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Platform Architecture

The Clea platform consists of core components, which communicate to offer all the advantages of a complete, modular and scalable solution.

The image below shows the interaction between the field devices and the Clea components.

Clea Architecture

Clea Portal

Clea Portal implements the user-facing part of Clea. It uses the APIs (REST and GraphQL) provided by the other components Astarte and Edgehog to provide visual information about data, appliances (devices) and the whole fleet, while also embedding advanced services.

Clea Portal also allows you to create and manage users and their roles to set the proper permissions to the correct accounts granularly. You can also control the various project organizations, allowing the device vendor to assign appliances to the right organizations, such as distributors or end-users.

One of the main features of the Clea portal is that the user interface is highly customizable, allowing developers to create custom themes and even custom data visualization interfaces called Clea Portal Apps.
Clea Portal Apps interfaces can be developed with JS and HTML5 with the possibility to add custom backends in any language. Moreover, they can be hosted anywhere and loaded dynamically by Clea.
Inside the walkthrough section, you can find all the indications for using the portal.


Edgehog is an Open Source IoT platform focused on device fleet management. The platform takes care of the entire lifecycle of devices, allowing fundamental operations such as deploying update campaigns, device status and connection information monitor, geolocation, file transfers, and much more.

Edgehog is built upon Astarte, and it exchanges data with it using REST API and Astarte Triggers to communicate with the devices.

Edgehog provides information to the outside world via the GraphQL API and uses PostgreSQL to store its data.

You can find more information regarding the Edgehog project on its documentation pages and in Edgehog's Github page.


Astarte is an Open Source IoT platform focused on Data Management. It takes care of the entire data lifecycle, from data collection from devices to delivering data to end-user applications such as Clea Portal. It uses a set of mechanisms and paradigms to store organized data and make it available via REST-APIs, to enable services such as third-party applications.

It is a native Kubernetes platform and uses standard protocols and open source components (e.g., MQTT, BSON, JSON, RabbitMQ, Grafana). Its trigger engine can also generate push events based on specific conditions that users can define for particular use cases.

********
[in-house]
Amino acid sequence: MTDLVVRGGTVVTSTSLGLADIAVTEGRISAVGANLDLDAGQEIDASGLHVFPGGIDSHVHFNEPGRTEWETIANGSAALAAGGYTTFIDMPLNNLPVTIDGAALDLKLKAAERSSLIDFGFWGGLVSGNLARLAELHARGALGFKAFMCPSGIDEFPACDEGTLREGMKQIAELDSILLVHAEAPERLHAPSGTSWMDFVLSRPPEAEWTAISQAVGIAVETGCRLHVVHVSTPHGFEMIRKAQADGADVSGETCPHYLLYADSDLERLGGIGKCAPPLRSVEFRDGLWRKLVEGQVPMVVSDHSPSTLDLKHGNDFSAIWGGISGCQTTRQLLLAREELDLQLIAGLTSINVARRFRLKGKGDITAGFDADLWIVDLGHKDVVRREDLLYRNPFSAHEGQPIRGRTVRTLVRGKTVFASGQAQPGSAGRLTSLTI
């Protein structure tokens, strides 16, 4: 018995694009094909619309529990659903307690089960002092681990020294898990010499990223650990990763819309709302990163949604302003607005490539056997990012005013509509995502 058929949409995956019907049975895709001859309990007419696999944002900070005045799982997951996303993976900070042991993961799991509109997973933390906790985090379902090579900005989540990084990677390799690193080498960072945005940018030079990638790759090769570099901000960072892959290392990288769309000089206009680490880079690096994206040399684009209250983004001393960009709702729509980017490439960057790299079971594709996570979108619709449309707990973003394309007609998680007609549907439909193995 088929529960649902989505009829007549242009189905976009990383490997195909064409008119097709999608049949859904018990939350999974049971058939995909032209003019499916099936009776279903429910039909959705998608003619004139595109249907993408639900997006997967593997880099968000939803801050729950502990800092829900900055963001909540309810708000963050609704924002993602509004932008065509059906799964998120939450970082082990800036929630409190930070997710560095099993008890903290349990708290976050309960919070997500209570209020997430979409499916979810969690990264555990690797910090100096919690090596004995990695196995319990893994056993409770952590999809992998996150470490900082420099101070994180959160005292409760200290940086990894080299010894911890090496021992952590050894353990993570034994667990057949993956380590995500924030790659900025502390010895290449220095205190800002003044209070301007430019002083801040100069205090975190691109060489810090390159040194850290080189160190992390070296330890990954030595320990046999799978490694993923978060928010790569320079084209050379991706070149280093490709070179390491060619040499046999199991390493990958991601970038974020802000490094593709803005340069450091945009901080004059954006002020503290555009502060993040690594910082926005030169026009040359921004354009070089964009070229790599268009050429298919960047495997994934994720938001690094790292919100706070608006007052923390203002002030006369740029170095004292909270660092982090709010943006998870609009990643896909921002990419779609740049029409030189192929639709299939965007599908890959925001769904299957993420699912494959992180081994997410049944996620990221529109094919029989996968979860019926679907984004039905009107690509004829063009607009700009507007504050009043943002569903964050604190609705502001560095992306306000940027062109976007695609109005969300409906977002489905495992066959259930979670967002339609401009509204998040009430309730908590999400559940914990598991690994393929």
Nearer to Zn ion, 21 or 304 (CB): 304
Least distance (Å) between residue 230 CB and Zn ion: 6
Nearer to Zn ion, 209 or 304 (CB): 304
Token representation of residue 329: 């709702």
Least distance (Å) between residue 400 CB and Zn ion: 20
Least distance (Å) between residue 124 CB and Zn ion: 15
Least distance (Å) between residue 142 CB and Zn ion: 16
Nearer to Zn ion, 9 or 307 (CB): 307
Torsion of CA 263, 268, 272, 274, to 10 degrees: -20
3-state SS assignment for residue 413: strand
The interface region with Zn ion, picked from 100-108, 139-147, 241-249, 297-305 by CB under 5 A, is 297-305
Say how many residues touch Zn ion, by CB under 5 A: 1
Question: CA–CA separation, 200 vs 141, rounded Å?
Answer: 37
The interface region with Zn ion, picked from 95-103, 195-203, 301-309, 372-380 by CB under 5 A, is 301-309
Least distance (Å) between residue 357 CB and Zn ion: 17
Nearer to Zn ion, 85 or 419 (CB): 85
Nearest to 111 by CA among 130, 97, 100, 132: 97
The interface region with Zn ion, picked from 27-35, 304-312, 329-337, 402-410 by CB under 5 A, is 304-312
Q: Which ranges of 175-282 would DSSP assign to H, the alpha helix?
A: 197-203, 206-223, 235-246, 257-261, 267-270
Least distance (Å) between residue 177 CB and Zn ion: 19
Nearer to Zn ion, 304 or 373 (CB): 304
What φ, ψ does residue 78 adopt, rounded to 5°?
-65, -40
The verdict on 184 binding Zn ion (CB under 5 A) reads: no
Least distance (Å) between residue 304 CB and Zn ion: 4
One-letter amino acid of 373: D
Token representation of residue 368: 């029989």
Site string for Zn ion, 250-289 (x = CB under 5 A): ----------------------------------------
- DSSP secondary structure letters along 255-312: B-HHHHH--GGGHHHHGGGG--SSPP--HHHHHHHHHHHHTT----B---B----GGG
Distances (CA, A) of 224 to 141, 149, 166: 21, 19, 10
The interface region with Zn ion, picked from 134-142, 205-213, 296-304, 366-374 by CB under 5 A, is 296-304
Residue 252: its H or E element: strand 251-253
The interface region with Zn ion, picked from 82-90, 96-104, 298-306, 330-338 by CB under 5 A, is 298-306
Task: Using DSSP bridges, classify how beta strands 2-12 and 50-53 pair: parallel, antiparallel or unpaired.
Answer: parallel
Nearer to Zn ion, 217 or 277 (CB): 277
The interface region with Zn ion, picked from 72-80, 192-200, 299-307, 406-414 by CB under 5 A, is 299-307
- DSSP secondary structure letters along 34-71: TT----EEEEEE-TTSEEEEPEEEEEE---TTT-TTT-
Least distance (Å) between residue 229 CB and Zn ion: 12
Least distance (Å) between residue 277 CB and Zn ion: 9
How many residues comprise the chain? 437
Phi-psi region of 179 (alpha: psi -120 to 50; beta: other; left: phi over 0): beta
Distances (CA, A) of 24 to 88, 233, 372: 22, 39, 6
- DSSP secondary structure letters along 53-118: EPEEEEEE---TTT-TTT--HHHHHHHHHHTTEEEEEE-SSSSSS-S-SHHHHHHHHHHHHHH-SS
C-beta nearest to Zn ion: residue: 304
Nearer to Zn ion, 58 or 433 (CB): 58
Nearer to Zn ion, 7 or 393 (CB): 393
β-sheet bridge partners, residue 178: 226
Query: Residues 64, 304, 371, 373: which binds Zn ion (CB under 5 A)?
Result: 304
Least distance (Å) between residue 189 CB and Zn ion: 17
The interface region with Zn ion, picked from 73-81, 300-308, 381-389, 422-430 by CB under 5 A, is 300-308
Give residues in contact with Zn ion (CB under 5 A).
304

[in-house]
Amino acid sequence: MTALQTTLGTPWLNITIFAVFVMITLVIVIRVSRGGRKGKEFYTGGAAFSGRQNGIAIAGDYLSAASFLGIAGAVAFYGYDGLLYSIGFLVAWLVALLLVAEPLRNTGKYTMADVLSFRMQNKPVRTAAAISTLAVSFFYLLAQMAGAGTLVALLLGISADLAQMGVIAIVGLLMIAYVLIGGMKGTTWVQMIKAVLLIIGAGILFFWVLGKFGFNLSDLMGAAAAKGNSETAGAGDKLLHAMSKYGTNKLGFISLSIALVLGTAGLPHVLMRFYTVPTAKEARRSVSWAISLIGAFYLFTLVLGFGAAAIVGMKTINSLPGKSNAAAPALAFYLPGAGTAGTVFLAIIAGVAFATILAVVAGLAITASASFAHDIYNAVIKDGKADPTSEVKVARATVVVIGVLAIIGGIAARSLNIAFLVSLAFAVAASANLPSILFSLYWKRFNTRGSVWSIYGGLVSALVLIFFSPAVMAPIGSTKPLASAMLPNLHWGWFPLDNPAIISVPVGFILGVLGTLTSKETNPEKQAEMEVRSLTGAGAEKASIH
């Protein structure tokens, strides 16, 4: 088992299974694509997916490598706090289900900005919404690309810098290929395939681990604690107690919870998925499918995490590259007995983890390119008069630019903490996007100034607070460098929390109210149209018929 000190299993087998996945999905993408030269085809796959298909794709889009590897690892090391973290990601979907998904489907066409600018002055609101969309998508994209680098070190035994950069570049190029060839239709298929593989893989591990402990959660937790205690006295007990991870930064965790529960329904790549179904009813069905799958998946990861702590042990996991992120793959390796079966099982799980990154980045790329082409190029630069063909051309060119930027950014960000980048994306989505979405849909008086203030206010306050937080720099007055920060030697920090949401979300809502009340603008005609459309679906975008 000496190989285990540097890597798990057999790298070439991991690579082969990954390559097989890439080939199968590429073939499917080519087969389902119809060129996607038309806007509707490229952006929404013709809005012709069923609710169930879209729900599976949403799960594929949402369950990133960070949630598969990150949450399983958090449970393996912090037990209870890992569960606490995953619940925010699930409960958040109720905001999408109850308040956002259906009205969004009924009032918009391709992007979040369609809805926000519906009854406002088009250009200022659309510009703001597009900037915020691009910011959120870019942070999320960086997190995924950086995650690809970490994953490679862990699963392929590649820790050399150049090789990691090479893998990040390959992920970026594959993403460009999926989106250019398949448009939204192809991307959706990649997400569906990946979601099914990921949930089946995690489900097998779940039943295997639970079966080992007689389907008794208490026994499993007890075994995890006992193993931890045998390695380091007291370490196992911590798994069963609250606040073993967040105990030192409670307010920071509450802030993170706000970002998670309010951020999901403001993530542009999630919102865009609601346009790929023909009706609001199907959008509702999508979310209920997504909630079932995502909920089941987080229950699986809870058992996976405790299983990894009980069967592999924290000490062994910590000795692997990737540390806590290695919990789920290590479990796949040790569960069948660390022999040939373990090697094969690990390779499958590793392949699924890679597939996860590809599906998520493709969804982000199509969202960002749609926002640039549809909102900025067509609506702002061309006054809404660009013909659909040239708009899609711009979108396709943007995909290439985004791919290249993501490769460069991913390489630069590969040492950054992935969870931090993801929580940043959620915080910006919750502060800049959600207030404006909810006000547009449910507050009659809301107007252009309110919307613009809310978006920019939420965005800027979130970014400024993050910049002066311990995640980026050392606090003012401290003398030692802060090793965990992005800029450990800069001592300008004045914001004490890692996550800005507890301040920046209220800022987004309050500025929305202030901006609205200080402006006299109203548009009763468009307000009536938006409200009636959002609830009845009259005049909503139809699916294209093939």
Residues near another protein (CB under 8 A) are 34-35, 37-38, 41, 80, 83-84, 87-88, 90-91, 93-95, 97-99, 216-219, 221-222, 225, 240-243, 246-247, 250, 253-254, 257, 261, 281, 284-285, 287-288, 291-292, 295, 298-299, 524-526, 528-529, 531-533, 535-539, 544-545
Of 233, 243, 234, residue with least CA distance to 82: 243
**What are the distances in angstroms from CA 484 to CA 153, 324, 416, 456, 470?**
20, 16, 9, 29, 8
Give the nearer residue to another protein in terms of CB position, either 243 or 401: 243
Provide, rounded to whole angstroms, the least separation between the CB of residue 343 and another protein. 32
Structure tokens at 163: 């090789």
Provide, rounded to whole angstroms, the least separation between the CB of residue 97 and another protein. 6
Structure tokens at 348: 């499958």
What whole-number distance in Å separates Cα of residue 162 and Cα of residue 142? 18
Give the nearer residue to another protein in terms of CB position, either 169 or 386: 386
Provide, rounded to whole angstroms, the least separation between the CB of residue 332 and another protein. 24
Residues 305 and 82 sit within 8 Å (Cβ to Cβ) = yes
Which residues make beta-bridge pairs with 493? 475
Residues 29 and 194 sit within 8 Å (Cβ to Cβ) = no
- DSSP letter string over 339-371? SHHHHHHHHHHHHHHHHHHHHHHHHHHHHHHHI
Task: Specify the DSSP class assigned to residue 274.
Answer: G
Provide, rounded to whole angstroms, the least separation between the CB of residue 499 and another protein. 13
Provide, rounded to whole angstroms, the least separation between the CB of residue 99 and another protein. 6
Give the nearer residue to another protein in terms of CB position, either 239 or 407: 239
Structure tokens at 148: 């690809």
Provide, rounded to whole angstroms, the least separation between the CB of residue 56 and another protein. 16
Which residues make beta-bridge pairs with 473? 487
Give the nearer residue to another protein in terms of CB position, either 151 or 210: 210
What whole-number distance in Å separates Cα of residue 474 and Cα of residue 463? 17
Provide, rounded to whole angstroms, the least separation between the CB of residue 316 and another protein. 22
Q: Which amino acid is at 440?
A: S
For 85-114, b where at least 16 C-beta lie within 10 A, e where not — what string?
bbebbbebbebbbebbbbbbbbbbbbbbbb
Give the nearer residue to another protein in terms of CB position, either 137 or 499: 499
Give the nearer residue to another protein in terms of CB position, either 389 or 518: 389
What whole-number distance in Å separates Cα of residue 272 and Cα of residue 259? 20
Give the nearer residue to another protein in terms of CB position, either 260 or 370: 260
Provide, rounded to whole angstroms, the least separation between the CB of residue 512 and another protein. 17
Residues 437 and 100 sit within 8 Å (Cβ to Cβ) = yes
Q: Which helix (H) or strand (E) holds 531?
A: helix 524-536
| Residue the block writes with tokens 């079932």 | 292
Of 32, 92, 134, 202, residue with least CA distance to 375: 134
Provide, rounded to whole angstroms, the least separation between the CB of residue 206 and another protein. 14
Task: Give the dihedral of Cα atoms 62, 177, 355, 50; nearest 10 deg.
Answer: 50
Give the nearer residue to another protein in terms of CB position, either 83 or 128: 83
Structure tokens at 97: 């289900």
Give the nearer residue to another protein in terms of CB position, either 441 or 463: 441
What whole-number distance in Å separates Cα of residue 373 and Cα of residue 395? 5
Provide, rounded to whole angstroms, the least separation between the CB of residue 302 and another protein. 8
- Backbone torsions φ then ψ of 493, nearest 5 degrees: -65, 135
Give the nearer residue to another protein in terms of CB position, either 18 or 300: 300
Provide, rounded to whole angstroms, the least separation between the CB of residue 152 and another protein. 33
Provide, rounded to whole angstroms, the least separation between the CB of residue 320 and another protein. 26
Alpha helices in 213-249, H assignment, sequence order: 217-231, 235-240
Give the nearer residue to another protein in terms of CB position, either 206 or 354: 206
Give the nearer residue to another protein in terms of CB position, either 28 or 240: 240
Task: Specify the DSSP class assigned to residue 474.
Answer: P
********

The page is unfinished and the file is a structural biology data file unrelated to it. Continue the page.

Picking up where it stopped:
You can find more information regarding the Astarte project in its documentation pages and Astarte's Github page.

Tech stack

The Clea platform uses the following third-party components:

  • Docker: all services of the Clea platform are deployed inside Docker containers.
  • Kubernetes: a container orchestrator on which the Clea platform is deployed. It is possible to deploy the solution on compatible cloud environments such as GKE.
  • RabbitMQ: AMQP broker used for communication between the microservices part of Astarte.
  • Cassandra/ScyllaDB: NoSQL database used by Astarte for storing device status and time series, if any.
  • PostgreSQL: SQL database in which Clea Portal and Edgehog stores management information on devices.
  • VerneMQ: MQTT broker used by default by Astarte for communication with field devices. An Astarte plugin is installed inside.

The following standard protocols, formats, or conventions are also used:

  • TLS: all communications are encrypted, and SSL mutual authentication is used between devices and the cloud.
  • MQTT: for connecting devices with the cloud.
  • AMQP: for internal communication between microservices belonging to Astarte.
  • HTTP, REST: to interact with the Astarte API that allows to send data to the devices or read the device status.
  • HTTP, GraphQL: to interact with Edgehog API that allows using advanced device and fleet management functionalities.
  • JWT: access to the API is controlled using signed JWT tokens.
  • JSON: the API returns data formatted in JSON.
  • BSON: used internally in MQTT payloads to devices to provide structured data similar to JSON but saving bandwidth.